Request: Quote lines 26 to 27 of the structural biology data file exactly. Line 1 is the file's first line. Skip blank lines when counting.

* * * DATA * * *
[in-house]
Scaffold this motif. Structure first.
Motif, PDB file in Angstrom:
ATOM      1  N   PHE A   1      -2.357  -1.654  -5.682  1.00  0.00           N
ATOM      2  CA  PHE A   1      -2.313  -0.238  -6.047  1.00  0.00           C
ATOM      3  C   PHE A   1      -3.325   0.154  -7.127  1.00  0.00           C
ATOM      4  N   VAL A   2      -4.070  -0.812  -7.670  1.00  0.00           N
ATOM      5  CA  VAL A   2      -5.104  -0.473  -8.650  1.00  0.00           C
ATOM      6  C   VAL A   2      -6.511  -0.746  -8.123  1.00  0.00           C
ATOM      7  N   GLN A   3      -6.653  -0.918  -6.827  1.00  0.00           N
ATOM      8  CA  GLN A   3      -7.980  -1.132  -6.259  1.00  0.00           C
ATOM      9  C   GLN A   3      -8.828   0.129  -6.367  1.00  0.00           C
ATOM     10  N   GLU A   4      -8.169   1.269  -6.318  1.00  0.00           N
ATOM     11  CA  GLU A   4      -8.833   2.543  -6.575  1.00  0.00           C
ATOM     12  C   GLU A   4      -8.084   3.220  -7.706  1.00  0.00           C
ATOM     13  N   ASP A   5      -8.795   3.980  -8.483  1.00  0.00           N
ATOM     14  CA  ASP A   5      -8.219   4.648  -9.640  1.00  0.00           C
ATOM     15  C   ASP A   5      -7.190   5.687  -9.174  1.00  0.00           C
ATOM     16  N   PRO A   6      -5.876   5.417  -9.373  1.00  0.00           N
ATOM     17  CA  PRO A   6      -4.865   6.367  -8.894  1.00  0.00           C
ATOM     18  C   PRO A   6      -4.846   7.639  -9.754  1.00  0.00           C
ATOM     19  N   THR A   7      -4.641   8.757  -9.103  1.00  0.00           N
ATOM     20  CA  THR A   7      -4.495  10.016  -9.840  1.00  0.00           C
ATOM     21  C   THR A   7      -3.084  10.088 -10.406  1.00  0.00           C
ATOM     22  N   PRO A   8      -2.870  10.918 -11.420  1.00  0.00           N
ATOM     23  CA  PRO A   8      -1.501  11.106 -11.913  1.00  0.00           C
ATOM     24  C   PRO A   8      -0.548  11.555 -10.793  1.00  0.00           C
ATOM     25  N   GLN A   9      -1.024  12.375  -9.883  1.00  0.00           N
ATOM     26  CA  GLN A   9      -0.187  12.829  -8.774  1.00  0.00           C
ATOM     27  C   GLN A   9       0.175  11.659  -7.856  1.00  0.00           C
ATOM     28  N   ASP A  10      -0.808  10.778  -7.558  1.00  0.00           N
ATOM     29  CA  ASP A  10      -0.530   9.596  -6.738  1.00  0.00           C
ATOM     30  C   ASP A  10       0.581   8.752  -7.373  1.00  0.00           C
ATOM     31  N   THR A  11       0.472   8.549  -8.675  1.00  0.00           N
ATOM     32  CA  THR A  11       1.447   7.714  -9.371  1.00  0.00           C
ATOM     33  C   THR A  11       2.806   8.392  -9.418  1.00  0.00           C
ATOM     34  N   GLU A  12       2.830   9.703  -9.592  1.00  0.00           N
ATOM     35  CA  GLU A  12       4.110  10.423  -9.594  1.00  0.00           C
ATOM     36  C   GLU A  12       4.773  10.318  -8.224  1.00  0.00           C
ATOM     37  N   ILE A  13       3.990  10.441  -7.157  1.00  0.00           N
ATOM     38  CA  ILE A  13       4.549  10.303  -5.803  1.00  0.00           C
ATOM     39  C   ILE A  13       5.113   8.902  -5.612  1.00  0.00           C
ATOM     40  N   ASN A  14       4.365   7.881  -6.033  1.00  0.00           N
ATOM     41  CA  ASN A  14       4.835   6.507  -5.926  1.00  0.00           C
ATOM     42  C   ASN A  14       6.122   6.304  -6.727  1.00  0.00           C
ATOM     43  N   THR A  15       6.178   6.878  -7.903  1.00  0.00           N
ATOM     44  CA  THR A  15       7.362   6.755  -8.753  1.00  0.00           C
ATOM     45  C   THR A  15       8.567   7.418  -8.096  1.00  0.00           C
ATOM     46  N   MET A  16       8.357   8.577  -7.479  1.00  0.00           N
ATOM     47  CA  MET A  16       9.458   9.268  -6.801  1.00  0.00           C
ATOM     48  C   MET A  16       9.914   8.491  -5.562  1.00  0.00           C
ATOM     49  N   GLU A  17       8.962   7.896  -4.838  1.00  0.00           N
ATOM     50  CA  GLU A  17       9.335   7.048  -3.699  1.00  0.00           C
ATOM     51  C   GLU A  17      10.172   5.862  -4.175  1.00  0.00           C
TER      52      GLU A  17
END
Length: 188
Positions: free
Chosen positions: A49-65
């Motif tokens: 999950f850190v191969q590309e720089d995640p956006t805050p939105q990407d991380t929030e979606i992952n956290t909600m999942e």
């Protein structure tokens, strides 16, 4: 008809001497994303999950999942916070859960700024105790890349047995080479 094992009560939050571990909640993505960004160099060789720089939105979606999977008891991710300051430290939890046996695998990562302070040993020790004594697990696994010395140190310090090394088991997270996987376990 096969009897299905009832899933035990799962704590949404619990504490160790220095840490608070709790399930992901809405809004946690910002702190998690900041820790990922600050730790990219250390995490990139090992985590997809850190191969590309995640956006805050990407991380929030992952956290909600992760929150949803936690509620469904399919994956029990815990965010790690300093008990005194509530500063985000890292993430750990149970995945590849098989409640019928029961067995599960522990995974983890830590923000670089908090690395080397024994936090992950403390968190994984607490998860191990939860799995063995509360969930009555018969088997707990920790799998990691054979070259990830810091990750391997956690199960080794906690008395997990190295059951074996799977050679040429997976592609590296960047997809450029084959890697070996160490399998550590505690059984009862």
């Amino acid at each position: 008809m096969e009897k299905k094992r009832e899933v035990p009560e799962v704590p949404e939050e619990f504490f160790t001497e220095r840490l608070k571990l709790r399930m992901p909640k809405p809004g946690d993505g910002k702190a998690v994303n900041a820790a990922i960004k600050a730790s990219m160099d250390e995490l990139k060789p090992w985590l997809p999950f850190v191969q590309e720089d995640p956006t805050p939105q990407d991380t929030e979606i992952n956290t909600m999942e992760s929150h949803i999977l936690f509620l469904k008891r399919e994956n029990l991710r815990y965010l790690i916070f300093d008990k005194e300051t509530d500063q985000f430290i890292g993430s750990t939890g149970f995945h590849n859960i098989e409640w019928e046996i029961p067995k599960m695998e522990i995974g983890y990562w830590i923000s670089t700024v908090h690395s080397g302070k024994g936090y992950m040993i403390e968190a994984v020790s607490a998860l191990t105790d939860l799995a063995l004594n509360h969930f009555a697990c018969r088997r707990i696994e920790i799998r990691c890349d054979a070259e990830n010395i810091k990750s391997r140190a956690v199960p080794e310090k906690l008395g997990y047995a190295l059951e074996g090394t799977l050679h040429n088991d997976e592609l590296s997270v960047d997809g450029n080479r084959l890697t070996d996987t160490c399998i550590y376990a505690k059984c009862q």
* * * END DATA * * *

ATOM     23  CA  PRO A   8      -1.501  11.106 -11.913  1.00  0.00           C
ATOM     24  C   PRO A   8      -0.548  11.555 -10.793  1.00  0.00           C